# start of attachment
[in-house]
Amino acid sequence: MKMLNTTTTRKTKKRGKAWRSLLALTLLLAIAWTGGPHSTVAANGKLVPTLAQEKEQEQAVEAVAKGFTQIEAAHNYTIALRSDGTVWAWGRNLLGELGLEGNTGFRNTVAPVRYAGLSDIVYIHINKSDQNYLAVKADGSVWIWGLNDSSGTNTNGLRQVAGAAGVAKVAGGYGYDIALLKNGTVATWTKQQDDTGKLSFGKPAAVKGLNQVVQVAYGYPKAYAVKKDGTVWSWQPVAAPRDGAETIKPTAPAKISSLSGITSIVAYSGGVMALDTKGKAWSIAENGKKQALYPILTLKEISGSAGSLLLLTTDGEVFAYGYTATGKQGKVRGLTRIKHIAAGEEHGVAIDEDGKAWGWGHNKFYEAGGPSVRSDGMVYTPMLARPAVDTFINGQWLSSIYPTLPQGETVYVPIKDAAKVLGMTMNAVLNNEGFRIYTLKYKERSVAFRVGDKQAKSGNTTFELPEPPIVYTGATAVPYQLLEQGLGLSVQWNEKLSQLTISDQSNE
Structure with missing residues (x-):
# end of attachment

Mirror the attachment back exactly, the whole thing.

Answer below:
[in-house]
Amino acid sequence: MKMLNTTTTRKTKKRGKAWRSLLALTLLLAIAWTGGPHSTVAANGKLVPTLAQEKEQEQAVEAVAKGFTQIEAAHNYTIALRSDGTVWAWGRNLLGELGLEGNTGFRNTVAPVRYAGLSDIVYIHINKSDQNYLAVKADGSVWIWGLNDSSGTNTNGLRQVAGAAGVAKVAGGYGYDIALLKNGTVATWTKQQDDTGKLSFGKPAAVKGLNQVVQVAYGYPKAYAVKKDGTVWSWQPVAAPRDGAETIKPTAPAKISSLSGITSIVAYSGGVMALDTKGKAWSIAENGKKQALYPILTLKEISGSAGSLLLLTTDGEVFAYGYTATGKQGKVRGLTRIKHIAAGEEHGVAIDEDGKAWGWGHNKFYEAGGPSVRSDGMVYTPMLARPAVDTFINGQWLSSIYPTLPQGETVYVPIKDAAKVLGMTMNAVLNNEGFRIYTLKYKERSVAFRVGDKQAKSGNTTFELPEPPIVYTGATAVPYQLLEQGLGLSVQWNEKLSQLTISDQSNE
Structure with missing residues (x-):